Recently I was talking with my husband about how most of his co-workers aren’t very savvy to retro pop-culture (classic films start in the 1980’s for this group). I mean, sure, they’re scientists; I don’t expect them to be knowledgeable about obscure 1940’s war movies or the impressively long career of character actor William Demarest. I do expect them, and anyone else who isn’t living under a rock, to at least recognize some of the big names. You know, the Cary Grants and Katharine Hepburns and Humphrey Bogarts of old Hollywood. Their images are the definition of iconic, and they’ve been on everything from stamps to tacky artwork. Even Clark Gable has (posthumously) graced the back of an airbrushed, bedazzled jean jacket or two (you gotta come to Georgia to see that one). So when my husband told me he recently had a nice, long, science-free conversation with his co-workers, I was very interested to hear about their interests. Surely at least one of them would be a movie nut like me. And we could go for coffee and have movie nerd talk and meet up for repertory screenings of pre-codes and Kurosawa films.
My husband told me the conversation was all over the place, and somehow the group started talking about the Kentucky Derby, which led to a discussion about Seabiscuit, and then progressed into commentary about 1920’s and 1930’s fashion. One co-worker said “the clothing back then was just awful! It was baggy and very unflattering!” My husband, who has been successfully indoctrinated into classic film, politely corrected his co-worker, by informing her that not all fashion from that era was unflattering. He referenced the costumes in Billy Wilder’s Some Like it Hot, explaining that although the movie was made in the late 1950’s, it’s set during prohibition in the ’20s, with incredible clothing. Obviously my husband failed to notice that his co-workers’ heads were on the verge of exploding when he added “And Orry-Kelly had to sew those dresses right onto Marilyn.”
Crickets. Wide-eyed, blank stares all around.
“Some like it what?” said one co-worker.
So my husband says “You know, Some Like it Hot with Tony Curtis…”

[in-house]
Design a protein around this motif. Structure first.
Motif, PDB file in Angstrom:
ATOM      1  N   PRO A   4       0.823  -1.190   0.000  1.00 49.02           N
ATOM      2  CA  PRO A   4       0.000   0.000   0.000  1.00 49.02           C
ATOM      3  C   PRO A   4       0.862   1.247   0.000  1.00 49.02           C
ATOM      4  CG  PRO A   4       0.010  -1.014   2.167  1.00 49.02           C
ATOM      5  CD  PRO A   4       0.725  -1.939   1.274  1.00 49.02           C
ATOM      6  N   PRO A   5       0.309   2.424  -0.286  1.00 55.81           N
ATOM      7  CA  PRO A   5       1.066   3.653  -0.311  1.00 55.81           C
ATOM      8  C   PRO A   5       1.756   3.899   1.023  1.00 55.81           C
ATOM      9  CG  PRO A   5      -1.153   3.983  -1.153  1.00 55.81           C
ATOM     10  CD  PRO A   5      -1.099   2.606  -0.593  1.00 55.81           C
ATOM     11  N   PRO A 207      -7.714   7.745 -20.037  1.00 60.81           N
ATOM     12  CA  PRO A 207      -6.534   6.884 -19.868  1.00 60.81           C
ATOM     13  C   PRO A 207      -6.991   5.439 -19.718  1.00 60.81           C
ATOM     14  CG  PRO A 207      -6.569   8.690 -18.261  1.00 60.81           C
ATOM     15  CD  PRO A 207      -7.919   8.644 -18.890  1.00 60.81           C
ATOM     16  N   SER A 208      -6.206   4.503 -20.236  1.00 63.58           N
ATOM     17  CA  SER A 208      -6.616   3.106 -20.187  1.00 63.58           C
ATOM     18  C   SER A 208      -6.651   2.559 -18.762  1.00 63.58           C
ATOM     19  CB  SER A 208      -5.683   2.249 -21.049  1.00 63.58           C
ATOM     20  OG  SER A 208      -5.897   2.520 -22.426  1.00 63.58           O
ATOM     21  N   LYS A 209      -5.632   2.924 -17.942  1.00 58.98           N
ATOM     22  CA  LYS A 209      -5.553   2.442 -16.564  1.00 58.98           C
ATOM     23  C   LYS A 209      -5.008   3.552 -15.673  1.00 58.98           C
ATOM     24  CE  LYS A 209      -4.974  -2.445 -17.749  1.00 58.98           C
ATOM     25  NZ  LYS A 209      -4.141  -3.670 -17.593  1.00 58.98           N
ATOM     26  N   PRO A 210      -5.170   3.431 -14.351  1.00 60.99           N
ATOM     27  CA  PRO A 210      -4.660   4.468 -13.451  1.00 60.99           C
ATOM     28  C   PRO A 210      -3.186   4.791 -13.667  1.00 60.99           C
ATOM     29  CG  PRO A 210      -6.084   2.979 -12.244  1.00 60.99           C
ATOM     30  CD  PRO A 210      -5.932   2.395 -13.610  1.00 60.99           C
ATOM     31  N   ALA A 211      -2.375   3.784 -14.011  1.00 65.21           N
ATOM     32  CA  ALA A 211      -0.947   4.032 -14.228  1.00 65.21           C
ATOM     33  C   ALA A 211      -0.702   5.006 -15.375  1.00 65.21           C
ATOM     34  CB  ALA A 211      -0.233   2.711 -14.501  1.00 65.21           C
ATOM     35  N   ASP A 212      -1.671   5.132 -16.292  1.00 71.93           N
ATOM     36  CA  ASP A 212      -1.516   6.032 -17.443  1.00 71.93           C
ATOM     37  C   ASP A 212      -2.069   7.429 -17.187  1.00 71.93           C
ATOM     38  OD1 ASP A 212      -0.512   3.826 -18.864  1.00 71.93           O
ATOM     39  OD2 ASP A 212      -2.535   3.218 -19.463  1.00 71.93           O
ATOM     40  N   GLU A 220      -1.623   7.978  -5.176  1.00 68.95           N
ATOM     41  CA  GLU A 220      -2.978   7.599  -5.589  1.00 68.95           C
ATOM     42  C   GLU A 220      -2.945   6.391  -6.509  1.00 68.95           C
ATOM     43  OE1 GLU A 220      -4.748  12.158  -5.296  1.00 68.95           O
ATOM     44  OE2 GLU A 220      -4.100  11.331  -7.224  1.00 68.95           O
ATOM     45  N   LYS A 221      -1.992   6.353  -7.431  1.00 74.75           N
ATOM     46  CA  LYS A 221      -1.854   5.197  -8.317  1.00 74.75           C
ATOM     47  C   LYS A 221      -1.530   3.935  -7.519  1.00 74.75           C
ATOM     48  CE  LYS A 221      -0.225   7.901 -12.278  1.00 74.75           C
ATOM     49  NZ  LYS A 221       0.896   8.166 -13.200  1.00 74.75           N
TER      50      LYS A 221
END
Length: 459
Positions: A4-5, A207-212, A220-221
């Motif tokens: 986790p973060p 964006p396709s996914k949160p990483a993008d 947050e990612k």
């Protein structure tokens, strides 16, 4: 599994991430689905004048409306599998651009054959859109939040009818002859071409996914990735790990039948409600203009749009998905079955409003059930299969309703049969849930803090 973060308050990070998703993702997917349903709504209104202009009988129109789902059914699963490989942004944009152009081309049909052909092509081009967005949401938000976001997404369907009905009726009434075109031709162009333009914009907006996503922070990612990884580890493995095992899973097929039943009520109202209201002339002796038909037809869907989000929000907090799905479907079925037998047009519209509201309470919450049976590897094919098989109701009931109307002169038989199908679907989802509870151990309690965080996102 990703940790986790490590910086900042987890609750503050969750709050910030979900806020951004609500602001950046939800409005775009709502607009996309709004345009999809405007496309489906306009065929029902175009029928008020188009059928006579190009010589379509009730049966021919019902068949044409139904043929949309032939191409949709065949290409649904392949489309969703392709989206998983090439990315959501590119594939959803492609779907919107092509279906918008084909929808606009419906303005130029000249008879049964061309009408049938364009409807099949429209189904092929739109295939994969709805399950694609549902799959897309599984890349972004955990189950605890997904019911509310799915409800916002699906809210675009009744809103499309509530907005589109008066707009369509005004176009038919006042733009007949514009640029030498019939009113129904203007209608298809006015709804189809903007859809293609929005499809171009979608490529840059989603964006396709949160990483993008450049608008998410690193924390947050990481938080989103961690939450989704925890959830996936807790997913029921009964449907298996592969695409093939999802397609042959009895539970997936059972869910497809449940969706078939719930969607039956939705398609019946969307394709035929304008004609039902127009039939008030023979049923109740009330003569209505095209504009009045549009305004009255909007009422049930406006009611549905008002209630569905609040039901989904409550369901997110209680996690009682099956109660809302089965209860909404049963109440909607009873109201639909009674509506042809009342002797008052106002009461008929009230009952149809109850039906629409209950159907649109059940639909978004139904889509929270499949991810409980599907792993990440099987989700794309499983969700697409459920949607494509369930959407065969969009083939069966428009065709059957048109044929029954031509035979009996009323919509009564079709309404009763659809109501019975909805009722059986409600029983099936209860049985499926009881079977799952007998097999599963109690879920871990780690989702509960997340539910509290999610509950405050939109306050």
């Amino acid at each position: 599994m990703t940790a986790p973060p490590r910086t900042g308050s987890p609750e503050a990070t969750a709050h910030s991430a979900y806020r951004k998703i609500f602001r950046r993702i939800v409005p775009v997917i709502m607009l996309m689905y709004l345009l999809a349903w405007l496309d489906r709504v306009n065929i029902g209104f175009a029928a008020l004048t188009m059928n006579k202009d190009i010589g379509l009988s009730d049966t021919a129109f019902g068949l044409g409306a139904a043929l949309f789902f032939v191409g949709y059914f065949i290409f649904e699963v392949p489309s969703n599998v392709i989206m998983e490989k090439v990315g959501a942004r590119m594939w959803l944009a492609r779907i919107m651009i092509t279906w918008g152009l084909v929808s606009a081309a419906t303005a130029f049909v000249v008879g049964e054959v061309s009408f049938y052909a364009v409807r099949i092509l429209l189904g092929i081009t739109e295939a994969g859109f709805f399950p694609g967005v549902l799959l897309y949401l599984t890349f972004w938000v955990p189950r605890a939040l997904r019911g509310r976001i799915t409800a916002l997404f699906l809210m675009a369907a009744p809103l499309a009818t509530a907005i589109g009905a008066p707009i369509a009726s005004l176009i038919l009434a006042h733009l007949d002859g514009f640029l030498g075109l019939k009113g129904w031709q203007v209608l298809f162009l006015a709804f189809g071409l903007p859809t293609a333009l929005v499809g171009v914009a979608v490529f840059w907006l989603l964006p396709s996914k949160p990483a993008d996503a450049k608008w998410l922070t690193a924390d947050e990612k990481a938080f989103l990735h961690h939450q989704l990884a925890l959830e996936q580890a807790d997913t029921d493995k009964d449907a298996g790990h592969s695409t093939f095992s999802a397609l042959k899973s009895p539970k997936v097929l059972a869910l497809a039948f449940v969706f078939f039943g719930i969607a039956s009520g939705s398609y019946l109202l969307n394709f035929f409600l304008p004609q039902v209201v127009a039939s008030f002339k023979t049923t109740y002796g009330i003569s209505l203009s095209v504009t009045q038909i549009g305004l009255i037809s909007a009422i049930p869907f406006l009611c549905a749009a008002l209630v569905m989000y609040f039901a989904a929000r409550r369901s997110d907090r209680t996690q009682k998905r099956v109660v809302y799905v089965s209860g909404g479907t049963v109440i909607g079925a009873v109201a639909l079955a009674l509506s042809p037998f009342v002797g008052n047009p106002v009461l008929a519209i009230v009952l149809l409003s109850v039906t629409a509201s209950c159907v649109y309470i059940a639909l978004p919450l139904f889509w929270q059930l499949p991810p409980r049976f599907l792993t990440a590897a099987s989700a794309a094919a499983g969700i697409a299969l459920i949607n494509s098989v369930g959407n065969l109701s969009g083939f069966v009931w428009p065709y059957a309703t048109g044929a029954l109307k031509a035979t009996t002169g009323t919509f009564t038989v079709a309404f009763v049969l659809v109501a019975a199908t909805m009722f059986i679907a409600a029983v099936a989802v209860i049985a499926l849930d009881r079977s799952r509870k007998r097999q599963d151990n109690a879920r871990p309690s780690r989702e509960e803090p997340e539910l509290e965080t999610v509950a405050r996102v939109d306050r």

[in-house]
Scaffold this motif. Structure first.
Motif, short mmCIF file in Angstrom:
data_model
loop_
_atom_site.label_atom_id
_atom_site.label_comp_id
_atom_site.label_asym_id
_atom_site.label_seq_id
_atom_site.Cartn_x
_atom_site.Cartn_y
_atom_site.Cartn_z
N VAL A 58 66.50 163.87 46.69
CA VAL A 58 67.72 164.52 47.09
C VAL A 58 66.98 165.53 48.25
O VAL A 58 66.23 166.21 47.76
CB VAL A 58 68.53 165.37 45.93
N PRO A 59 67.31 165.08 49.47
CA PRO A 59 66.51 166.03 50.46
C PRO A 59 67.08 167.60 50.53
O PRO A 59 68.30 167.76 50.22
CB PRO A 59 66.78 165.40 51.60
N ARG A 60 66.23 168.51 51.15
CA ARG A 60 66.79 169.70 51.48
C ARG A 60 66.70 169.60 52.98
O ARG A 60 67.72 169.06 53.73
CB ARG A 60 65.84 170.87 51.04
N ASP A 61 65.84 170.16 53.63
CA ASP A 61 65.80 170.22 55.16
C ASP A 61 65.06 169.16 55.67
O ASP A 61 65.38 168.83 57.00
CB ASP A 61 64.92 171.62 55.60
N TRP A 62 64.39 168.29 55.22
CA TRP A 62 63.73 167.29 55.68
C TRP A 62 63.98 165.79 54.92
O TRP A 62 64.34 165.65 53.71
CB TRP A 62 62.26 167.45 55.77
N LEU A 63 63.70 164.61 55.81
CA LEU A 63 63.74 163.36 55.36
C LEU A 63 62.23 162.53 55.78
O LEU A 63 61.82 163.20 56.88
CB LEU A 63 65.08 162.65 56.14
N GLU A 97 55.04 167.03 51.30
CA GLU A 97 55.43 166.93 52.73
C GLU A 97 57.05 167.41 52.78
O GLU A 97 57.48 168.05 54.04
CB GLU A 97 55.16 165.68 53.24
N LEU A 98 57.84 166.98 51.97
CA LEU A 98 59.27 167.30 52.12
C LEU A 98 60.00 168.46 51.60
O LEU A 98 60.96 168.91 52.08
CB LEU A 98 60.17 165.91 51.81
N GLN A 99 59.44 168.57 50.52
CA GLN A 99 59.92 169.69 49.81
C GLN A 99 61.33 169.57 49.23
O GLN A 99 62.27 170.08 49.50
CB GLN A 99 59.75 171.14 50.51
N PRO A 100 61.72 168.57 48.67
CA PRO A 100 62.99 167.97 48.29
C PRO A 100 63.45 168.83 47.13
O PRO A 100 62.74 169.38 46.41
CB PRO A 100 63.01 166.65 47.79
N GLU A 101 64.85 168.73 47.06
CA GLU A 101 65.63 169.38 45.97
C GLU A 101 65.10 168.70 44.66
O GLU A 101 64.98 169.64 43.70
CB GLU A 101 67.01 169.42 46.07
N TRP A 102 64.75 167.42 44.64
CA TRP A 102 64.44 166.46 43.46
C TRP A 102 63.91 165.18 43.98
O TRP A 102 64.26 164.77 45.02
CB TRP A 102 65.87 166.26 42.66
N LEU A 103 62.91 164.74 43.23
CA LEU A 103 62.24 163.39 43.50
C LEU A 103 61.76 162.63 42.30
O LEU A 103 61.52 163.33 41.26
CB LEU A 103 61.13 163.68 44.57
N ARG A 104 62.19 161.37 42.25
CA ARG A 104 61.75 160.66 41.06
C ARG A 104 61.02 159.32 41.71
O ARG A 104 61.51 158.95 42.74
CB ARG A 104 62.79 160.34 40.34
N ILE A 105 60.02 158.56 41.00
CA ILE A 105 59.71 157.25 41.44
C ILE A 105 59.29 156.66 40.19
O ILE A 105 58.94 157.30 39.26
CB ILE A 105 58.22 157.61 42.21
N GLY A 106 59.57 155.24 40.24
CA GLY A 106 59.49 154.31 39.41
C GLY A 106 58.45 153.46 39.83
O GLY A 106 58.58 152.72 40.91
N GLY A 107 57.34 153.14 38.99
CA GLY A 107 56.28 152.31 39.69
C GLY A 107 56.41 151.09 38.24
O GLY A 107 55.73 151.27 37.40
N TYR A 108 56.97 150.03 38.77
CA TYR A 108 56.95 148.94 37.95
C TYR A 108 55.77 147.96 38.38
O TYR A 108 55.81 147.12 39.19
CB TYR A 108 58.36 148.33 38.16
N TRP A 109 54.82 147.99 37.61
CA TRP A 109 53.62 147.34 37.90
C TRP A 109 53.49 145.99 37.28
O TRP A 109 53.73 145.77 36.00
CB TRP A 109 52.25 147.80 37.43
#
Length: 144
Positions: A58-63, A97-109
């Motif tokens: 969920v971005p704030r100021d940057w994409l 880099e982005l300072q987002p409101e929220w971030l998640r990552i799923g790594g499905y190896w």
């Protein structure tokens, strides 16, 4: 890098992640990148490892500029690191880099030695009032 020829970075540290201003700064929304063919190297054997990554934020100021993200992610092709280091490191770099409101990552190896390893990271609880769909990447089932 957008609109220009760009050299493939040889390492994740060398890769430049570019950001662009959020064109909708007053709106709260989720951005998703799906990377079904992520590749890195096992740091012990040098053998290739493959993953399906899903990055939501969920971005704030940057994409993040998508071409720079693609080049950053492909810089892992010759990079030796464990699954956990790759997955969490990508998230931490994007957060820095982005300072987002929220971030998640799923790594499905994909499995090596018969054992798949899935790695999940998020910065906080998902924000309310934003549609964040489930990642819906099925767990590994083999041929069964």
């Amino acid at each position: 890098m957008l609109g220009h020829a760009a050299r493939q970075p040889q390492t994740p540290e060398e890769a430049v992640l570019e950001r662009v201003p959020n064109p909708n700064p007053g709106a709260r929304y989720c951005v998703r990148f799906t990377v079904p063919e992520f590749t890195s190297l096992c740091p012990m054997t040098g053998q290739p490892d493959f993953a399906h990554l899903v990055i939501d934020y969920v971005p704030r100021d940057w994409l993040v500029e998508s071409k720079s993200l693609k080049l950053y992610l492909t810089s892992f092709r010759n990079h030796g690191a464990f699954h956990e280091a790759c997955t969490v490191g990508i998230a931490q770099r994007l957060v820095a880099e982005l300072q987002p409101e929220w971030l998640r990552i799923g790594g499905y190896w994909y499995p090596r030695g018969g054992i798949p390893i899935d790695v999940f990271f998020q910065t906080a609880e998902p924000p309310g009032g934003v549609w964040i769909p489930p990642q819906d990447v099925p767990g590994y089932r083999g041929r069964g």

Some recognition, but unfazed.
“Well, you definitely know Jack Lemmon, right?!?”
Nope. Jack Lemmon could’ve been standing right in front of them and they would’ve said “whose grandpa is that?”
My husband recounted his pop culture communication breakdown to me with much frustration. In the past, I’ve warned him about making references to classic film to the unsuspecting public; “Honey, quit dropping Guy Kibbee’s name. No one knows who the hell you’re talking about” or “no one knows you’re impersonating a singing Dick Powell. Let’s keep that one at home.” That said, it’s not like Some Like it Hot is a deep cut like Footlight Parade or Test Pilot; it always ranks high up on the mainstream “best of” lists. Plus it stars Marilyn Monroe, who is arguably the most iconic movie star of all-time. One of the other leads, Jack Lemmon, managed to have one of the longest and most successful careers in Hollywood history. If people today are unfamiliar with Lemmon’s early films, that’s fine by me. Their loss, but it’s not surprising. Any film made before the 1980s generally gets lumped into the “boring” or “unfunny” categories. I get it; classic movies (and its fans) can be very overwhelming and at times can feel outdated, inaccessible, or even snooty. And let’s be honest: classic films aren’t everyone’s cup of tea. It just seems crazy to me there are adults who have never heard of Jack Lemmon. Especially with the success he had late in his career with My Fellow Americans and the Grumpy Old Men films. It’s mind-boggling, to say the least.
I don’t know, maybe I’m overreacting. I have been known to do that on occasion. Go ahead, ask my family. I just adore Jack Lemmon, and I think I’m a better person for knowing of him and his magnificent body of work. A world without C.C. Baxter in The Apartment; or Ensign Pulver in Mister Roberts; or his silly bongo-playing warlock in Bell, Book, and Candle; or the adorable, lovestruck Pete Sheppard in It Should Happen to You; or Felix Unger clearing his nasal passages in The Odd Couple? No thanks. Lemmon was able to give the most drab of characters a heart, even if that heart would find itself in the wrong place from time to time.
Throughout his career, Lemmon lived for the chance to share his talent with the rest of the world, and it clearly shows. The story is that before every take, Lemmon would say “It’s magic time.” This little ritual put him in the right headspace so that he could always bring his best. These filmed moments captured Lemmon’s own incredible magic, freezing them in time. Moments that never age or grow tiresome; they’re as fresh and meaningful as the very first time an audience laid eyes on them. There’s a wonderful feeling I get when I see Jack Lemmon on the screen. It’s difficult to put a finger on it, but I would compare the feeling to the most beautiful, gut-wrenching homesickness, or an uneasy and addictive lovesickness. Watching him on the screen produces this strange, intangible feeling within, and all my senses are flooded with the most bittersweet of memories. Dammit, he just makes me misty. Fellow Jack Lemmon fans know this feeling well (including my husband).
My husband’s co-workers may still be scratching their heads about this Jack Lemmon person (good ol’ gramps), and I guess I just have to come to grips with that (yeah, I’m still overreacting). But I’ll say this: their ignorance has reminded me just how special he was and how lucky we all are (whether we realize it or not) to have witnessed his greatness.